Pacific peoples are a rapidly growing population in Aotearoa New Zealand, a diverse population made up of more than thirty distinct Pacific ethnic groups (Stats NZ, 2018a). Some Pacific learners are achieving, but the system is failing many Pacific learners. Achievement disparities in schooling translate into disparities in tertiary education, which link to further disparities in labour market participation, income and living standards (Ministry of Education, 2020, p. 2). Pacific people are less likely to be qualified and more likely to have a lower-level qualification than non-Pacific (Stats NZ, 2018a). As we observe for Māori, there are encouraging trends for Pacific people, with the percentage of New Zealand born Pacific people with a qualification at Level 3 or above increasing from 33% to 51% between 2006 and 2018. The level of qualification is rising, with the percentage of Pacific people with a degree or postgraduate qualification almost doubling over the same period (Stats NZ, 2018a).

In 2018, wellbeing outcomes for disabled adults aged 15-64 years were significantly lower than for non-disabled adults (Stats NZ, 2018b). Here, disabled people were defined as those who had a lot of difficulty, or could not do at all, at least one of six specified activities (6% of New Zealanders). These activities were seeing (even with their glasses), hearing (even with their hearing aid), walking or climbing stairs, remembering or concentrating, selfcare, and communicating (Stats NZ, 2020b). Median income for disabled adults aged 15-64 years was half that of non-disabled adults in the same age group (Stats NZ, 2020b). This is in part driven by disabled adults experiencing lower labour participation, higher unemployment, fewer hours worked each week and greater under-utilisation. Lower education attainment contributes to poorer labour market outcomes. Disabled people were less likely to hold a formal qualification (60%) than non-disabled people (83%) and less likely to hold degree-level qualifications (10%) than non-disabled people (28%) (Stats NZ, 2020b). Māori and Pacific people had higher-than-average disability rates, after adjusting for differences in ethnic population age profiles (Stats NZ, 2014).

Lifelong learning can mitigate the risk of social cohesion being undermined

Equal outcomes are important for communities as well as for individuals. Entrenched and growing inequalities, alongside increasing diversity in population, and rapidly emerging technologies risk undermining Aotearoa New Zealand’s social cohesion. The ‘rapid emergence of the relatively ungoverned virtual world’ (Gluckman et al., 2021, p. 3) gives opportunities for misinformation and disinformation and greater polarisation. Technology driven changes are ‘rapidly altering the constraints which helped glue societies together’ (Gluckman et al., 2021, p. 3).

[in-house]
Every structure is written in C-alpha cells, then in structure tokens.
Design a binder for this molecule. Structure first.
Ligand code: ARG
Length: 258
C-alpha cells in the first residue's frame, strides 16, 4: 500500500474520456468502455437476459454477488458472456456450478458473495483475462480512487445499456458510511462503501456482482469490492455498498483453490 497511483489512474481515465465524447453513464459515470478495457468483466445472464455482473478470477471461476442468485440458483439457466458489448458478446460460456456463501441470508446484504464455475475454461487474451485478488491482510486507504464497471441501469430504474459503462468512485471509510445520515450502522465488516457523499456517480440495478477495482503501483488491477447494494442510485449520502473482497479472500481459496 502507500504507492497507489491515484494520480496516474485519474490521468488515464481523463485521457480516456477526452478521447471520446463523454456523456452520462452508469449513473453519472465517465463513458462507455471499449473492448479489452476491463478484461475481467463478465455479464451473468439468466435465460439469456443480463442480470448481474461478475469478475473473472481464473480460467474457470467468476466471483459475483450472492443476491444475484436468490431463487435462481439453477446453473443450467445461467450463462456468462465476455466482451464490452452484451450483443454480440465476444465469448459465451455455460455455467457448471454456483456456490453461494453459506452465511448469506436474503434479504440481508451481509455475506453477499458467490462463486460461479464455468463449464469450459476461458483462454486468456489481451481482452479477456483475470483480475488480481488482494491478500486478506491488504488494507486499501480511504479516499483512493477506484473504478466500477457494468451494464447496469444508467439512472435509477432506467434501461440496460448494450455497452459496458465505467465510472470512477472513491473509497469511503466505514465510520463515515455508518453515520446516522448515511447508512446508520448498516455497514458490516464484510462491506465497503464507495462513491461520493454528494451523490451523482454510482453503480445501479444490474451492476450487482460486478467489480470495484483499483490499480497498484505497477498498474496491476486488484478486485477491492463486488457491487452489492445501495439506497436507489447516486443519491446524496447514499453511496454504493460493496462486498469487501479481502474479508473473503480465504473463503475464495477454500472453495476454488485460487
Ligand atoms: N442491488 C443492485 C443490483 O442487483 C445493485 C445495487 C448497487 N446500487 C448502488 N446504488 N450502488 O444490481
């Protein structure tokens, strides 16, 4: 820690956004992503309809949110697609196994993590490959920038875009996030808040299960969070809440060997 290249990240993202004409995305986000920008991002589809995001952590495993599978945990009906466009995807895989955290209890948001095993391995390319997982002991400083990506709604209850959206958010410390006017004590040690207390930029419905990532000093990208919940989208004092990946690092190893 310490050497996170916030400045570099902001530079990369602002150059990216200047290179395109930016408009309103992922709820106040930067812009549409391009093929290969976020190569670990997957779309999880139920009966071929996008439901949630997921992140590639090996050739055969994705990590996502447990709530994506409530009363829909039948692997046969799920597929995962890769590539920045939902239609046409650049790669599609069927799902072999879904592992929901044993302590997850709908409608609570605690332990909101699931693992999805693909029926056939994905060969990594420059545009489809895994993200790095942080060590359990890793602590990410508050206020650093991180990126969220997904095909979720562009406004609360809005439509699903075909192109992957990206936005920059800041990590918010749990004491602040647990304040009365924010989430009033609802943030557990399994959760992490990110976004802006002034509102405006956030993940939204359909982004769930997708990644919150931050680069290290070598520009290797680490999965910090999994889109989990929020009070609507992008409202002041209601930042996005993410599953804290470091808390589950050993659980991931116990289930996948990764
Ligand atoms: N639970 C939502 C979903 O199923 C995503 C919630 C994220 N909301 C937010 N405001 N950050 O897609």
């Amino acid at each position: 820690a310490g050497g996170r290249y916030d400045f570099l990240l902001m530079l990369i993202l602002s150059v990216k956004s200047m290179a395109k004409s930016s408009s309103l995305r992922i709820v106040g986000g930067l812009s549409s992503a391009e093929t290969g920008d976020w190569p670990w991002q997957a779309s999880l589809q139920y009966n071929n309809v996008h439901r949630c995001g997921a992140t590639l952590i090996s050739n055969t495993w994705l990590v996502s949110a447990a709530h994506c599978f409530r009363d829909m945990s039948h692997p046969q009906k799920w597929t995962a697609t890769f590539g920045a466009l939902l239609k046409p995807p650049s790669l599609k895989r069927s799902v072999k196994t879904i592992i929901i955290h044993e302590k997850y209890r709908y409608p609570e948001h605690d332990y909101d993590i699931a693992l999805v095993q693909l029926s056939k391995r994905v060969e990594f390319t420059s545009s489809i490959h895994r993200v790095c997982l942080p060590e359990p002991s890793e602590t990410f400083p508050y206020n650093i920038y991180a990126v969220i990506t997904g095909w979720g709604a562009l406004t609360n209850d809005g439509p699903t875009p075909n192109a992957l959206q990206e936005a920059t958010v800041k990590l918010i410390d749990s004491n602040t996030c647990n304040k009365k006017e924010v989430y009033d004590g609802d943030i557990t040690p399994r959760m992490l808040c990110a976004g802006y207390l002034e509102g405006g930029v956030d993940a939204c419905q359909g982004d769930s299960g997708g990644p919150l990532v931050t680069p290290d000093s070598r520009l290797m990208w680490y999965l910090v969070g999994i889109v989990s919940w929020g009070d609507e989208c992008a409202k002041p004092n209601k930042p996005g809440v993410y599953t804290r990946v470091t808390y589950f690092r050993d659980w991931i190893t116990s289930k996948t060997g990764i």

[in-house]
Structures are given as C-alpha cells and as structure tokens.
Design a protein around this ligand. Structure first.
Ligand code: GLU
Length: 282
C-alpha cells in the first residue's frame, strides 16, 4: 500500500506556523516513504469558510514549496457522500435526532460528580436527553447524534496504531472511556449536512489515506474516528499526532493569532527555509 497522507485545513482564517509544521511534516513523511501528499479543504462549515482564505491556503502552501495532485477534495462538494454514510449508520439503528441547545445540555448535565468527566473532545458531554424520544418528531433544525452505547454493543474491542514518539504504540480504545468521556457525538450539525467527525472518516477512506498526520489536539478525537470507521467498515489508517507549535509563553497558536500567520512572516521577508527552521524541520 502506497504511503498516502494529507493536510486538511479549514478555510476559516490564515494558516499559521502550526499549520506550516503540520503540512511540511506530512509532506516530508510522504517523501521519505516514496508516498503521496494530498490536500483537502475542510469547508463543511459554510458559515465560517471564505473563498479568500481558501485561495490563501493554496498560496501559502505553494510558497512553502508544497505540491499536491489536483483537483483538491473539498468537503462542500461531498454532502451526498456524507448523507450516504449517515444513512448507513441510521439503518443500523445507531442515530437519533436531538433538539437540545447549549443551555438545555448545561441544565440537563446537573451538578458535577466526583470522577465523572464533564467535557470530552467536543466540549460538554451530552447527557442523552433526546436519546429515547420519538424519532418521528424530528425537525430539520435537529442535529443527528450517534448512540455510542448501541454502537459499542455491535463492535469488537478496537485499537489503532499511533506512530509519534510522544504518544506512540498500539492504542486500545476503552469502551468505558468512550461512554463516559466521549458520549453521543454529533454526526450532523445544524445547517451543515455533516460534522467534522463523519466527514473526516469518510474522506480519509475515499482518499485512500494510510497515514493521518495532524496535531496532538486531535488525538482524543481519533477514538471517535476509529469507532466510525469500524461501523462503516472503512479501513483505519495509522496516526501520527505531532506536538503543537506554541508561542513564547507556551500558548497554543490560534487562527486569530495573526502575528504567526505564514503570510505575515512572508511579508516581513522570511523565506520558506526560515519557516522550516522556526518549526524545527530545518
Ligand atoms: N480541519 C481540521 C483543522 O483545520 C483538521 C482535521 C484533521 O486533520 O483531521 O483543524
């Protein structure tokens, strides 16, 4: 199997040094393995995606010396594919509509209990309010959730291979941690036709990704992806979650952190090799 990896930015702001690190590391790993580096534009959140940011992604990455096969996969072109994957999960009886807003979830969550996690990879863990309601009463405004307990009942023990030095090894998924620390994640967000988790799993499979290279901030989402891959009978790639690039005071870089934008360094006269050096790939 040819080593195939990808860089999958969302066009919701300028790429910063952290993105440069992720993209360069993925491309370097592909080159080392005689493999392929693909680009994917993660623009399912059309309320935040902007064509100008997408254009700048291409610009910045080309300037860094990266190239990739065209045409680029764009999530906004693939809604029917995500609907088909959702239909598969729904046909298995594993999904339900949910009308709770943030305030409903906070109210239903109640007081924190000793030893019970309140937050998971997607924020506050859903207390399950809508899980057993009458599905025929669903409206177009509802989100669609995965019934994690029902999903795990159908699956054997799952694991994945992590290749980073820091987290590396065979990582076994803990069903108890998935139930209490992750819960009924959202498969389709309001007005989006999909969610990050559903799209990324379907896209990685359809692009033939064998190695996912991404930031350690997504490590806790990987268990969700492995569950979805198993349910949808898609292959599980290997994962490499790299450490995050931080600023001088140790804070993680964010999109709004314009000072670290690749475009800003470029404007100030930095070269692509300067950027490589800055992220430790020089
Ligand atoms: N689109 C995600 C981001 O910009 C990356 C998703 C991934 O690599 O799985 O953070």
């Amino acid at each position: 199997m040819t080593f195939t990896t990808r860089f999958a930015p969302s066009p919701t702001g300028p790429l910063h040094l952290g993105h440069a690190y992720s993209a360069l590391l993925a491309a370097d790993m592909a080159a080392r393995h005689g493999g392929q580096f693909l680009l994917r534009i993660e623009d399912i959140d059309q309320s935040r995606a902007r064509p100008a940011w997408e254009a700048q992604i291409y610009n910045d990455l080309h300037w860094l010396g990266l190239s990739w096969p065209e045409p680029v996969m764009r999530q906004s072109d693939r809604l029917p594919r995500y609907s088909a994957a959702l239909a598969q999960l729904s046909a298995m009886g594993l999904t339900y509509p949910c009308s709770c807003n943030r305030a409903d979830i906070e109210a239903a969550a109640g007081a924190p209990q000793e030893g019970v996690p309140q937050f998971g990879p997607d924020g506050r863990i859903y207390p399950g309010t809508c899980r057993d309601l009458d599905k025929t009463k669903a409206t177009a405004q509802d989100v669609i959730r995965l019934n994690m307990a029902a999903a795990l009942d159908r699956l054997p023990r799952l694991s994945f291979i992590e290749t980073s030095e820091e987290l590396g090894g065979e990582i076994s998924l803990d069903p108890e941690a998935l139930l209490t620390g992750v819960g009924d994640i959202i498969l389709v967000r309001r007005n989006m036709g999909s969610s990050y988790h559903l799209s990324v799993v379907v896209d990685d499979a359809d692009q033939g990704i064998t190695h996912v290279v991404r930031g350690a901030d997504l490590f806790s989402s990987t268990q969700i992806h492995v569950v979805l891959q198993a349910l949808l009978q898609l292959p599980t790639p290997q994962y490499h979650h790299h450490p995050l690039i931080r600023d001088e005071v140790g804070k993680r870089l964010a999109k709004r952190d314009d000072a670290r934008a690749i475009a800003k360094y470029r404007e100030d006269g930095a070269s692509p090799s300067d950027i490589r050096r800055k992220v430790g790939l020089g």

Lifelong learning has a role to play in increasing social cohesion. Political and digital literacy are crucial for a healthy democracy (Gluckman et al., 2021). As New Zealand’s immigrant-related diversity grows, participation in tertiary and adult education for host and migrant communities is seen as one indicator of socially cohesive behaviour (Spoonley et al., 2005). A 2020 report on sixty years of adult learning in Aotearoa New Zealand noted the need for policies to ‘address the reality of adults who are having to learn a whole new range of skills and attitudes including learning at home, being parents as teachers, acquiring new technology skills, growing empathy and compassion for others and stepping up as active citizens to respond to the effects of the pandemic’ (Amundsen, 2020, p. 508).

Limited recognition and variable quality assurance of shorter skills programmes

In Aotearoa New Zealand, formal qualifications have a minimum credit value of 40-credits or an estimated 400 hours of learning. Historically, there have been a plethora of sub-qualification short courses offered by registered and non-registered education and training organisations and industry. Some of these have well established, global reputations as providers of quality certifications, for example Microsoft and other software certifications. Other examples are those required by registration and licensing bodies for continuing professional education. Much of this activity is informal with minimal regulatory oversight.

Short courses included NZQA approved ‘Training Schemes’, which were developed by providers and had a relatively low threshold for evidence of industry support. External evaluation and review of tertiary providers might include quality assurance of these short courses. However, because training schemes were not added to the then New Zealand Qualifications Framework (NZQF), it was difficult for stakeholders to know what existed and how to benefit from a scheme’s availability. Training schemes were not included on a learner’s Record of Achievement, so learners did not get the full benefit of recognition of their study.

Irrespective of the specific sub-qualification short course arrangements over time, there has been a need to provide a more regularised approach to supporting quality, transparency and portability.

The role of micro-credentials in change

Context of innovation

Aotearoa New Zealand has a rich history of innovation in vocational education qualifications and quality assurance. In the 1990s, it was one of the first countries to establish a national qualifications framework, and to embed competency-based assessment. In 2009, it was an early adopter of self-assessment as an integral part of organisational quality assurance. In 2017, NZQA established Te Hono o te Kahurangi, offering organisations the choice between standard quality assurance processes and processes based on te ao Māori approaches and values.

Innovation starts with informed risk taking with the potential for failure. NZQA seeks to ‘fail forward’ through learning from what does and doesn’t work from new approaches which then inform iterative improvements (“Intelligent Failure,” n.d.). One of the differences between failing and failing forward is having a hypothesis to test, iterate as needed and chart a new course when necessary. This includes use of data to test assumptions, guide activities and inform decisions (Hayes et al., 2016). NZQA’s levers to stimulate broader education and training system innovation include legislation and rules, the New Zealand Qualifications and Credentials Framework (NZQCF), NZQA processes and monitoring and evaluation.